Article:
The Best Pumpkin Harvest Torte

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Pumpkin. It’s everywhere this time of year including your appetizer, entree, dessert and coffee. Americans are obsessed with it. Not just limited to canned pumpkin, grocery store aisles are filled with a variety of pumpkin flavored products. It brings to mind falling leaves, cool nights and the smell of warm spices wafting through the kitchen.

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Recently, I tried these cookies called pumpkin spice snaps. Made in Pennsylvania, (love the USA) they are brand new to the market and I got a sneak peak taste. Filled with warm spices like cinnamon, ginger and cloves and sweetened with molasses these cookies have the perfect crispy snap that one would expect from the name. While simply delicious on their own I could not help but want to play with them in some dessert recipes. The first recipe I tried was a cookies and cream pumpkin cake. It was a hit with crispy cookie bits adding a textural contrast to the creamy frosting, but I could not stop there…….

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See those cookie bits on the edge of the cake? I greased my cake pans and then dusted them with finely crushed cookies instead of flour

……because as of today I have harvested 7 sugar pumpkins and there are at least another dozen lying in wait. I only planted 4 seeds! Plant some seeds people! For fresh pumpkin all one needs to do is roast them whole (400F. for about an hour) on a foil lined baking sheet until they feel soft. Cool, peel, seed and puree the orange flesh in the food processor and then drain for an hour or two in a paper towel lined sieve with a weighted plate on top. It’s amazing how much liquid drains out leaving silky concentrated fresh pumpkin behind. It freezes well, so please, completely skip the canned stuff. No garden? Pick up sugar pumpkins at the local farmers’ market.

In today’s featured recipe I really wanted to show these beautiful cookies off and there is no better way than my signature cookie crust. I first featured this idea many years ago in a Southern Living Magazine cook-off. It was such a big hit that even a restaurant out in Colorado asked my permission to use it on their menu. It works with any crisp, wafer like cookie and creates a lovely edge to the dessert.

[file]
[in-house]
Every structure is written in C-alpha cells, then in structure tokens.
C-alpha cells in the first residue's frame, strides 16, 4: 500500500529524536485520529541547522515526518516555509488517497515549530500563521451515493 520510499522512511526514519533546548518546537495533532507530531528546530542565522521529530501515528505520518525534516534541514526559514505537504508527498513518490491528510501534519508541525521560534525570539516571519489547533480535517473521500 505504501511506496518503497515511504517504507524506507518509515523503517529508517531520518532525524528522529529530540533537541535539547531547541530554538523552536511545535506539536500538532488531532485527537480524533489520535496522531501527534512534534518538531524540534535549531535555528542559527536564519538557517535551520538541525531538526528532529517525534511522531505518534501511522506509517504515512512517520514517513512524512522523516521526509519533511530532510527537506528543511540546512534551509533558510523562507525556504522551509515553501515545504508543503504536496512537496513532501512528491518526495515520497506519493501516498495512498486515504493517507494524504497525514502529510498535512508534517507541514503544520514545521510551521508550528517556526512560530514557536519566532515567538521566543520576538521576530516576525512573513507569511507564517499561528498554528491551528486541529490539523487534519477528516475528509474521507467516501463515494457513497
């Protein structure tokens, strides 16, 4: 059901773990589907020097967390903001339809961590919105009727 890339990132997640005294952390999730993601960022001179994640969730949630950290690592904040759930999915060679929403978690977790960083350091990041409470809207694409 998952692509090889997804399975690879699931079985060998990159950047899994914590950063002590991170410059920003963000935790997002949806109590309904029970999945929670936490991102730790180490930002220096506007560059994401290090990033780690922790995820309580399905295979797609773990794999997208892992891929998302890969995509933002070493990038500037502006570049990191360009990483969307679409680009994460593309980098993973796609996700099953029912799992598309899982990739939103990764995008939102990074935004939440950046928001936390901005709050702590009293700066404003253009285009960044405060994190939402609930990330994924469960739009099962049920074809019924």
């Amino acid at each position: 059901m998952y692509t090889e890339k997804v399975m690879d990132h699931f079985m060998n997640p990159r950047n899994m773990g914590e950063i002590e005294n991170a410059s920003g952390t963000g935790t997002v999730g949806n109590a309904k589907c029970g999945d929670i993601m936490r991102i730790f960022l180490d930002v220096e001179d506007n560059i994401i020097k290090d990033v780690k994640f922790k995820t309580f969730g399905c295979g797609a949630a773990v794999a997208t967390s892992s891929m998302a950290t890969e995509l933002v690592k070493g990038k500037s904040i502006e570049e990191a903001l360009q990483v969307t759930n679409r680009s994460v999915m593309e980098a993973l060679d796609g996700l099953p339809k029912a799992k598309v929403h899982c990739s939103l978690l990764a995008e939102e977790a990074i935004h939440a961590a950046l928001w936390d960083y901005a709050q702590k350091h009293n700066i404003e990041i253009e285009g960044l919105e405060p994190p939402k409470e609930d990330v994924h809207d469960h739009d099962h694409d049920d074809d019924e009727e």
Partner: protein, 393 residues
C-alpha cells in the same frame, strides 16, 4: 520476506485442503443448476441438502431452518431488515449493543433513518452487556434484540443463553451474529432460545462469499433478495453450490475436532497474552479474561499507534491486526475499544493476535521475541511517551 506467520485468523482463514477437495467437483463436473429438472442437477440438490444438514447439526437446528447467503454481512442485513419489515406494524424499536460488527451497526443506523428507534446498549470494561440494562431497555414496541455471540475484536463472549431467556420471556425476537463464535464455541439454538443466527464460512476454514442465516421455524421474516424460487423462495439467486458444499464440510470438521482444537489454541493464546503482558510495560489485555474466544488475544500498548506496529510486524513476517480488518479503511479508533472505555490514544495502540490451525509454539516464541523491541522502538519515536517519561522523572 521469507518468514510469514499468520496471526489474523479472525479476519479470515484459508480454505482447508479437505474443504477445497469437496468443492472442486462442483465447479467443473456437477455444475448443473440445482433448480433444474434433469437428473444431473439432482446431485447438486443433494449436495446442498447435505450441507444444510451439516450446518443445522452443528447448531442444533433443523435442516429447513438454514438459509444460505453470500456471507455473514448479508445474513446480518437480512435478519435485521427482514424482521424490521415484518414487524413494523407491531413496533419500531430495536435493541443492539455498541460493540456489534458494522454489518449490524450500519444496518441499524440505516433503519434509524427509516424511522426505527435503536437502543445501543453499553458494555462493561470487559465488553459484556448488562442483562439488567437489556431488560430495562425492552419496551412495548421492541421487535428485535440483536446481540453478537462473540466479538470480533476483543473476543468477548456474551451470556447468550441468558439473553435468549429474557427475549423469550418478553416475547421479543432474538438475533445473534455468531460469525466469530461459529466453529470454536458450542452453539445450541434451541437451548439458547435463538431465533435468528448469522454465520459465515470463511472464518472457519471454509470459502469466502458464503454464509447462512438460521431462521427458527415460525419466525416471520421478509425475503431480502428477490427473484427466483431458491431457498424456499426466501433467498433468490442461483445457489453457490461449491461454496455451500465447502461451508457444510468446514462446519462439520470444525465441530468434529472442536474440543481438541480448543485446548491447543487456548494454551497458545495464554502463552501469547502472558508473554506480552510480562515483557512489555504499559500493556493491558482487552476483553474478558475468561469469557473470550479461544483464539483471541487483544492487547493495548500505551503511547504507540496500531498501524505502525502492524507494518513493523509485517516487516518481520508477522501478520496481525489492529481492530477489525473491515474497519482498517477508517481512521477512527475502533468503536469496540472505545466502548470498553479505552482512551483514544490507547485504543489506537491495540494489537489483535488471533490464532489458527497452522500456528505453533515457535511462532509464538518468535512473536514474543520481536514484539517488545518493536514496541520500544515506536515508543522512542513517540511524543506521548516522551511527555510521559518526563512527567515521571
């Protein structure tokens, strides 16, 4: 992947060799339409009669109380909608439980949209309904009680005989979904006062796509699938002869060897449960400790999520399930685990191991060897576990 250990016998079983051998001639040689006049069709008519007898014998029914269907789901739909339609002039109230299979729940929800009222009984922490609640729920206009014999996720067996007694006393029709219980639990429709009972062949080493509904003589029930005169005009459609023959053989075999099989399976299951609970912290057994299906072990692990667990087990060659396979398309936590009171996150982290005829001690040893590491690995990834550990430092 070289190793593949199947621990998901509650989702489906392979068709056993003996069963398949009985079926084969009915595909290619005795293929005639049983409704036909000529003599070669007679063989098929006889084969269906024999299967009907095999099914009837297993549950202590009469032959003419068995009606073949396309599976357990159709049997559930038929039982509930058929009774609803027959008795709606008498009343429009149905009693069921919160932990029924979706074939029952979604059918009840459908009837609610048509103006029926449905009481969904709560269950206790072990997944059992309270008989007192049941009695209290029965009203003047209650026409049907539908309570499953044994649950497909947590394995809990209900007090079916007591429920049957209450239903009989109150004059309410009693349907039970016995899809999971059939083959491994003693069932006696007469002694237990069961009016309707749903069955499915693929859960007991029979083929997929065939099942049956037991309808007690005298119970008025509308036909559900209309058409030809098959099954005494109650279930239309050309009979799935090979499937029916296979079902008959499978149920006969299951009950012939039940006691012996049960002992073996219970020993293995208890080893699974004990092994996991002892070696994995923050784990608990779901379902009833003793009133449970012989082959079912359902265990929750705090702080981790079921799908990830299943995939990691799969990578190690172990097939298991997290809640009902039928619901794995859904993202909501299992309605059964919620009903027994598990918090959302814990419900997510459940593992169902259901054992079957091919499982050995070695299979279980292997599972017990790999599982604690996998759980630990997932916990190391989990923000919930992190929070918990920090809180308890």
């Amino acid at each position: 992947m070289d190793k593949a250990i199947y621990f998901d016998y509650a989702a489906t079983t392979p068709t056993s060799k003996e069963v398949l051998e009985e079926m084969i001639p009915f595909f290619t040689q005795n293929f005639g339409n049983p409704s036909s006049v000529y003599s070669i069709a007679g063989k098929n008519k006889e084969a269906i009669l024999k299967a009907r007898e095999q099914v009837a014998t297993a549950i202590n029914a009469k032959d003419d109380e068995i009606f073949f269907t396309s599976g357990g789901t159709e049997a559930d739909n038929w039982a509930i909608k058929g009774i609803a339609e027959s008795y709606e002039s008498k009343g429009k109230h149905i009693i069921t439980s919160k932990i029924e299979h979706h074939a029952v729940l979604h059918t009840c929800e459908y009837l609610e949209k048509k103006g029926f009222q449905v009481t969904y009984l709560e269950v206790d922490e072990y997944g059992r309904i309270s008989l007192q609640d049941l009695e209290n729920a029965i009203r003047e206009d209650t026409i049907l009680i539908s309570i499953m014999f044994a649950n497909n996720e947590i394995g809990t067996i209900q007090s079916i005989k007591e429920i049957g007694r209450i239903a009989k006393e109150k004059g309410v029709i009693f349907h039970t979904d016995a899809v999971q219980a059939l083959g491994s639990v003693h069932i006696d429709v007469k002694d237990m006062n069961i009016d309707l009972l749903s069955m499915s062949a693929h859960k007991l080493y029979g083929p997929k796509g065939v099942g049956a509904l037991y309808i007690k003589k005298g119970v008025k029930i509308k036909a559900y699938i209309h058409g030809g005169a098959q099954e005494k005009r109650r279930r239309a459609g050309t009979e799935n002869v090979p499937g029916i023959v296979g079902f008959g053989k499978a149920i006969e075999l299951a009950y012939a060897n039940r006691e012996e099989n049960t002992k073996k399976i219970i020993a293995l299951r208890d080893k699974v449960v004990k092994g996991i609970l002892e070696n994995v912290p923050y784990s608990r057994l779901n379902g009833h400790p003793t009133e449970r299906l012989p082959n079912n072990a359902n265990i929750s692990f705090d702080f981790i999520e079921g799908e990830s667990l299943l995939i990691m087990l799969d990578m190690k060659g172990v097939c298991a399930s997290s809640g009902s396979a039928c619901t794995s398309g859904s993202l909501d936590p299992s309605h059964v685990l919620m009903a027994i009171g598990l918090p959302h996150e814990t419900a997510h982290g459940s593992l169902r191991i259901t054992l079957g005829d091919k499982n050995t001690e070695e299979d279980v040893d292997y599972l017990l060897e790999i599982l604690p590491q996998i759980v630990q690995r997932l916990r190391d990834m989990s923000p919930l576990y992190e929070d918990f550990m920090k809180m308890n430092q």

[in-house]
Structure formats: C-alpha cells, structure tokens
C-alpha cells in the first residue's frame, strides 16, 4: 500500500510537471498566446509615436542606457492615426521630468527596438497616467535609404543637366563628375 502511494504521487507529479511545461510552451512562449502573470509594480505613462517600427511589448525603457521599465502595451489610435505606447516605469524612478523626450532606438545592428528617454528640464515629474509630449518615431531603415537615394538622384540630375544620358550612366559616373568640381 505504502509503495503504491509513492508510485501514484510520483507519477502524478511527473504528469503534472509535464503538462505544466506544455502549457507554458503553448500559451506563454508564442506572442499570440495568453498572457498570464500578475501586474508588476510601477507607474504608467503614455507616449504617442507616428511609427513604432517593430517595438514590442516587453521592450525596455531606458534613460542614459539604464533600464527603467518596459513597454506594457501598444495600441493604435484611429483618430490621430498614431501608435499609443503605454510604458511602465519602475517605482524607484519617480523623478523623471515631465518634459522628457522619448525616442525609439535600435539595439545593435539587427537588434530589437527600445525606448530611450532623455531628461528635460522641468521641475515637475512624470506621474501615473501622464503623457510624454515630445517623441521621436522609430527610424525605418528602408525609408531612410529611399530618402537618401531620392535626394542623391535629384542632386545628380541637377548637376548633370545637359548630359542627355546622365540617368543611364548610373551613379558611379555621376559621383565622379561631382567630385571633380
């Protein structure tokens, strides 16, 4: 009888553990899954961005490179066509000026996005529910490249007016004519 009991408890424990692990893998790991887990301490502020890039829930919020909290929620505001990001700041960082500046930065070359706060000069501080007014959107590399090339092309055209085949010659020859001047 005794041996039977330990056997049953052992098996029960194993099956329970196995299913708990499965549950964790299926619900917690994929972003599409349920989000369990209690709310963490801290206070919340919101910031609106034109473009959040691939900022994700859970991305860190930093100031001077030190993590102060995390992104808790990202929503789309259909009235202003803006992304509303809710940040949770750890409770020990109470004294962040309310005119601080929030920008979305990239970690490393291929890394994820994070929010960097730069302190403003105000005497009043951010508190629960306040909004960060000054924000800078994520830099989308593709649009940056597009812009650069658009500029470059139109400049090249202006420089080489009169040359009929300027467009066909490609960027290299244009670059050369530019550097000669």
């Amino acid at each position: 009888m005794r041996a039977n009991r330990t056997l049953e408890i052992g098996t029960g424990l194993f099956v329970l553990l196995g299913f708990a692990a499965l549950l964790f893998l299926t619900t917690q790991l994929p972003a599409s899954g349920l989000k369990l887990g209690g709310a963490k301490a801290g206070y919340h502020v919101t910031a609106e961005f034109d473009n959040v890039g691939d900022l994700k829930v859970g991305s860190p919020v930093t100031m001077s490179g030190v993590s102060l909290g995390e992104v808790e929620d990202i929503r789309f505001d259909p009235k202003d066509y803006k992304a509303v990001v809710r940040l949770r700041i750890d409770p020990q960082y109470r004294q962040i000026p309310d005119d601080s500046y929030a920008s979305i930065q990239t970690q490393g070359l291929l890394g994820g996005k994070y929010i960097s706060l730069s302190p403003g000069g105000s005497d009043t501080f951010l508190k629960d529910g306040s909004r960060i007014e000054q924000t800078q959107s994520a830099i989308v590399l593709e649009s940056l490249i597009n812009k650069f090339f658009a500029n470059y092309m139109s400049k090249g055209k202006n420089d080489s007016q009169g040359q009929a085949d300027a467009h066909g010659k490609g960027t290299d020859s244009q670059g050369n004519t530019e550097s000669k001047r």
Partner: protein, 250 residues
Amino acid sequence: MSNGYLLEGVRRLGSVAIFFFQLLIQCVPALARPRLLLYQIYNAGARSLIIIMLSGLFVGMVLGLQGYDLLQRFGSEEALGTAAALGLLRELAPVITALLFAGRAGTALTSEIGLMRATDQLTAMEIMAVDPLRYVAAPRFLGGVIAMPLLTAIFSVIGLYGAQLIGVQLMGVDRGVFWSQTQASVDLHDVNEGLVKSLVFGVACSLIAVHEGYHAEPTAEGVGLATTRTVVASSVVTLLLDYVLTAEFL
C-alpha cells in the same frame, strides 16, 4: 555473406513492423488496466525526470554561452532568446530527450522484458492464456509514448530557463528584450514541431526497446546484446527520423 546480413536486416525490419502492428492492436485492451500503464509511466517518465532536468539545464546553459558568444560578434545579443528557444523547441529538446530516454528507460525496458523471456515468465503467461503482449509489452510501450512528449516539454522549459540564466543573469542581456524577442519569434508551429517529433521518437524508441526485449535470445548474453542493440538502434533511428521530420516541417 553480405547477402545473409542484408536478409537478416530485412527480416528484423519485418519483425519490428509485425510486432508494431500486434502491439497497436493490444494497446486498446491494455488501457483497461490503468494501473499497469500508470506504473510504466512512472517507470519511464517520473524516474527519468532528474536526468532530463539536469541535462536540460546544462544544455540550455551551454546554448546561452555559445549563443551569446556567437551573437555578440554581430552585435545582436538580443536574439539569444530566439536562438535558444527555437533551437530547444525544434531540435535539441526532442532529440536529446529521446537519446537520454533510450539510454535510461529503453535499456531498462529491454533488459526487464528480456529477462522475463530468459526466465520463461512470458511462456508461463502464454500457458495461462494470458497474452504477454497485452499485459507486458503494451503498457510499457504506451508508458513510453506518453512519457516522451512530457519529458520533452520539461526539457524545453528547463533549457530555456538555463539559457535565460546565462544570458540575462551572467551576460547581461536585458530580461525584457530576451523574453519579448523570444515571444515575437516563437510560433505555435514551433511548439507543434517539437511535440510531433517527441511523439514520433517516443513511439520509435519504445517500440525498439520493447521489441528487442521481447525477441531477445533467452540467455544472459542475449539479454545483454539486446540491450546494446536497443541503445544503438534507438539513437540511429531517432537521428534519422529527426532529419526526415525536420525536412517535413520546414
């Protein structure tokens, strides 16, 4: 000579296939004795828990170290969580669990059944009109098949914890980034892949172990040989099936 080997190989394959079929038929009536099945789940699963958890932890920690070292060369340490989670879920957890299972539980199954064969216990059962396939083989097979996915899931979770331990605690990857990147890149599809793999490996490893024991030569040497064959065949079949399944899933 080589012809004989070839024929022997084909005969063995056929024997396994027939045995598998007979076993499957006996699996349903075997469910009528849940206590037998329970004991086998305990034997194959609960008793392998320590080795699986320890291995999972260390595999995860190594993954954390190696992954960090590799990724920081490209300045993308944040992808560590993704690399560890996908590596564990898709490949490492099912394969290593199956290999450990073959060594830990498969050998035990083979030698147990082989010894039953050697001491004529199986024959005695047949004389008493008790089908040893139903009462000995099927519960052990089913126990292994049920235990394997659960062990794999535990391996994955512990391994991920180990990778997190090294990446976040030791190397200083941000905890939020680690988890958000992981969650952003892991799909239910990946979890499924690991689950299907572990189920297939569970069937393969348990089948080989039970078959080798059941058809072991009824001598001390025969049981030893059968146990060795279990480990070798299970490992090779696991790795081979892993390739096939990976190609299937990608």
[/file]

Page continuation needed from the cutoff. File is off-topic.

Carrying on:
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Bake off the crust and let it cool. Then fill with the most luscious fresh pumpkin mousse which in my case is “spirited” (I love you, William). If you don’t like the alcohol feel free to substitute fresh OJ or apple juice or even maple syrup in its place. Feel free to play with the spices too, but for me there is nothing better and easier than a quality pumpkin pie spice mixture like this one from King Arthur Flour.

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Make it one day in advance, so the cookies will soften slightly for easier cutting and take the edge off of your party planning. Anything I can make in advance of a holiday like Thanksgiving is a godsend. In fact, it can even be prepared 2 days in advance. Topped with sweetened whipped cream or Greek yogurt, oh, yes, this recipe is waaaaay better than the usual pumpkin pie. You are welcome.

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Pumpkin Mousse Torte

33 Stauffer’s Pumpkin Spice Snaps, divided

4 tablespoons (¼ cup) unsalted butter, melted

2 tablespoons water

2 tablespoons bourbon or orange juice (for non-alcohol version)

1 (1/4-oz) package unflavored gelatin

½ cup packed light brown sugar

¼ cup cornstarch

2 teaspoons pumpkin pie spice (I use King Arthur Flour brand)

¼ teaspoon salt

1 cup heavy cream, divided

2 egg yolks

1 ½ cups whole milk

1 cup unseasoned fresh or canned pumpkin, drained on paper towels

1-teaspoon vanilla

Heat oven 350F. Place 18 cookies in food processor fitted with blade. Process until cookies are finely crushed to make 1 cup of cookie crumbs. Add butter; pulse until crumbly. Press cookie crumbs over bottom of 9-inch springform pan. Place remaining cookies around edge of pan slightly overlapping and rounded side out. Gently press each cookie into the bottom crust. Bake for 8 to 10 minutes or until toasted. Cool crust in pan on a wire rack. In small bowl, combine water and bourbon or orange juice; sprinkle gelatin over the top. Set mixture aside to let gelatin soften. In medium saucepan, whisk brown sugar, cornstarch, pumpkin pie spice, salt and ½ cup heavy cream until smooth. Add egg yolks and milk; whisk until well blended. Cook over medium heat, whisking, until mixture comes to a boil. Reduce heat to low and continue cooking another minute being sure to scrape the sides of the pot with a heat-proof spatula. Whisk in gelatin mixture until it is fully dissolved. Remove from heat. Whisk in pumpkin and vanilla. Press a piece of plastic wrap to pumpkin mixture to prevent a skin from forming. Chill in refrigerator for 2 hours. Whip remaining ½ cup heavy cream to soft peaks; fold into pumpkin mixture. Pour filling into prepared crust; smooth top. Cover and chill at least 4 hours or as long as overnight. Cut into wedges and top with sweetened whipped cream or Greek yogurt.